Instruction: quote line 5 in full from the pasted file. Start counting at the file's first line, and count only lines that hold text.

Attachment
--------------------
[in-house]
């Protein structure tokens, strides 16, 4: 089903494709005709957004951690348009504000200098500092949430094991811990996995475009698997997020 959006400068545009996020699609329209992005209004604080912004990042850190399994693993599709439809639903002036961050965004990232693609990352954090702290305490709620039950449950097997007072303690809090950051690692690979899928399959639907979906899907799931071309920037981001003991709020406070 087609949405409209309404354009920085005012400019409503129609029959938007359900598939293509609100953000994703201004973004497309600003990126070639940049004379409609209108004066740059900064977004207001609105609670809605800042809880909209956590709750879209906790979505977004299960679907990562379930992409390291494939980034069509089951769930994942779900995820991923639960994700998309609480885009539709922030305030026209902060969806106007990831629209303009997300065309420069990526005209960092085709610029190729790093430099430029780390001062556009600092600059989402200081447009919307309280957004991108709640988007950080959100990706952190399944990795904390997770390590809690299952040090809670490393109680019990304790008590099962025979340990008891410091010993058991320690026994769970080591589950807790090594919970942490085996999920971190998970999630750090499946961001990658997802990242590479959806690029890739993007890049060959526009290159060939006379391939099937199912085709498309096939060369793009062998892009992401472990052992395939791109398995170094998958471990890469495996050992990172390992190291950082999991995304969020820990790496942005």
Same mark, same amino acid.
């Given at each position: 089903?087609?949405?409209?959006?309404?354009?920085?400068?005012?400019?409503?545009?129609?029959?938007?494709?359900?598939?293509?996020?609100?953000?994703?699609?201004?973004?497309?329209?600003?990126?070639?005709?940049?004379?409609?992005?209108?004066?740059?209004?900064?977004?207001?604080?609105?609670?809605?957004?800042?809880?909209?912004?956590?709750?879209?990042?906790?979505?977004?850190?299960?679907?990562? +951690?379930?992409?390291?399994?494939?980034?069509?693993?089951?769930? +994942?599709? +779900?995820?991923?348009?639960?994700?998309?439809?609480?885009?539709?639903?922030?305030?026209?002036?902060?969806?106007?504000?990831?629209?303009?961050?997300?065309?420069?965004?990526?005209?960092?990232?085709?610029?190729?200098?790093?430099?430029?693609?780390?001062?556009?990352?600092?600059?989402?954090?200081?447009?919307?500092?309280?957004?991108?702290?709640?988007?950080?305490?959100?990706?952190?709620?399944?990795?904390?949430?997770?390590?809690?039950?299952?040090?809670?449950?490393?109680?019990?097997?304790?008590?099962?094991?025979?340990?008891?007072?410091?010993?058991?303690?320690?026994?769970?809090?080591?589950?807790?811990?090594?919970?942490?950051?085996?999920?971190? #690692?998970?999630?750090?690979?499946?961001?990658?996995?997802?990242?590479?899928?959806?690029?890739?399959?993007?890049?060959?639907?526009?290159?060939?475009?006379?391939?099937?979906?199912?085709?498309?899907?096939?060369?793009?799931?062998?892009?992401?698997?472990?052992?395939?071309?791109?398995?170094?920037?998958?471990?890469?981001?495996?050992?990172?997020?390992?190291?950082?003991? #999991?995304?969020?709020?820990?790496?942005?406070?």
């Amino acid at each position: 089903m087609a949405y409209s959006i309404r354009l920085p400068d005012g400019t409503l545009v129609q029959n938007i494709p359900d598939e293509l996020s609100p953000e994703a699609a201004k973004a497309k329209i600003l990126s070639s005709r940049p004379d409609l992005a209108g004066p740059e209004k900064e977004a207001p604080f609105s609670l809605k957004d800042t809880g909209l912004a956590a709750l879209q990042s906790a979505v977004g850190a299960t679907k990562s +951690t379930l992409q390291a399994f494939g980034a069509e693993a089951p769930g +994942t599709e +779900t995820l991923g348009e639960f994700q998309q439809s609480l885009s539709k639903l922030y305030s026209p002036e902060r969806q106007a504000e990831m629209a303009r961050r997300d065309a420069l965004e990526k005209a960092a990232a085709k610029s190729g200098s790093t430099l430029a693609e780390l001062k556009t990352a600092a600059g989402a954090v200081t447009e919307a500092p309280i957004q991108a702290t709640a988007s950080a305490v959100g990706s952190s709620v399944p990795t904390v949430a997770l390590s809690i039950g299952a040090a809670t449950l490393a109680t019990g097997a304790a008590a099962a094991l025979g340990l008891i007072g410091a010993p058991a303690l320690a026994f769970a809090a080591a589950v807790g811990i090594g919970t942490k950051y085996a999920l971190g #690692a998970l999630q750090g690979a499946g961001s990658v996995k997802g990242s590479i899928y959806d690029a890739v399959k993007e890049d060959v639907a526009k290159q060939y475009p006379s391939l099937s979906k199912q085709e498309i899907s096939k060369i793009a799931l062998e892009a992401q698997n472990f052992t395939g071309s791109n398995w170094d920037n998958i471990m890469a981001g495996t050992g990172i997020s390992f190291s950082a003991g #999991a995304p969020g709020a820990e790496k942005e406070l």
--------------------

């Amino acid at each position: 089903m087609a949405y409209s959006i309404r354009l920085p400068d005012g400019t409503l545009v129609q029959n938007i494709p359900d598939e293509l996020s609100p953000e994703a699609a201004k973004a497309k329209i600003l990126s070639s005709r940049p004379d409609l992005a209108g004066p740059e209004k900064e977004a207001p604080f609105s609670l809605k957004d800042t809880g909209l912004a956590a709750l879209q990042s906790a979505v977004g850190a299960t679907k990562s +951690t379930l992409q390291a399994f494939g980034a069509e693993a089951p769930g +994942t599709e +779900t995820l991923g348009e639960f994700q998309q439809s609480l885009s539709k639903l922030y305030s026209p002036e902060r969806q106007a504000e990831m629209a303009r961050r997300d065309a420069l965004e990526k005209a960092a990232a085709k610029s190729g200098s790093t430099l430029a693609e780390l001062k556009t990352a600092a600059g989402a954090v200081t447009e919307a500092p309280i957004q991108a702290t709640a988007s950080a305490v959100g990706s952190s709620v399944p990795t904390v949430a997770l390590s809690i039950g299952a040090a809670t449950l490393a109680t019990g097997a304790a008590a099962a094991l025979g340990l008891i007072g410091a010993p058991a303690l320690a026994f769970a809090a080591a589950v807790g811990i090594g919970t942490k950051y085996a999920l971190g #690692a998970l999630q750090g690979a499946g961001s990658v996995k997802g990242s590479i899928y959806d690029a890739v399959k993007e890049d060959v639907a526009k290159q060939y475009p006379s391939l099937s979906k199912q085709e498309i899907s096939k060369i793009a799931l062998e892009a992401q698997n472990f052992t395939g071309s791109n398995w170094d920037n998958i471990m890469a981001g495996t050992g990172i997020s390992f190291s950082a003991g #999991a995304p969020g709020a820990e790496k942005e406070l």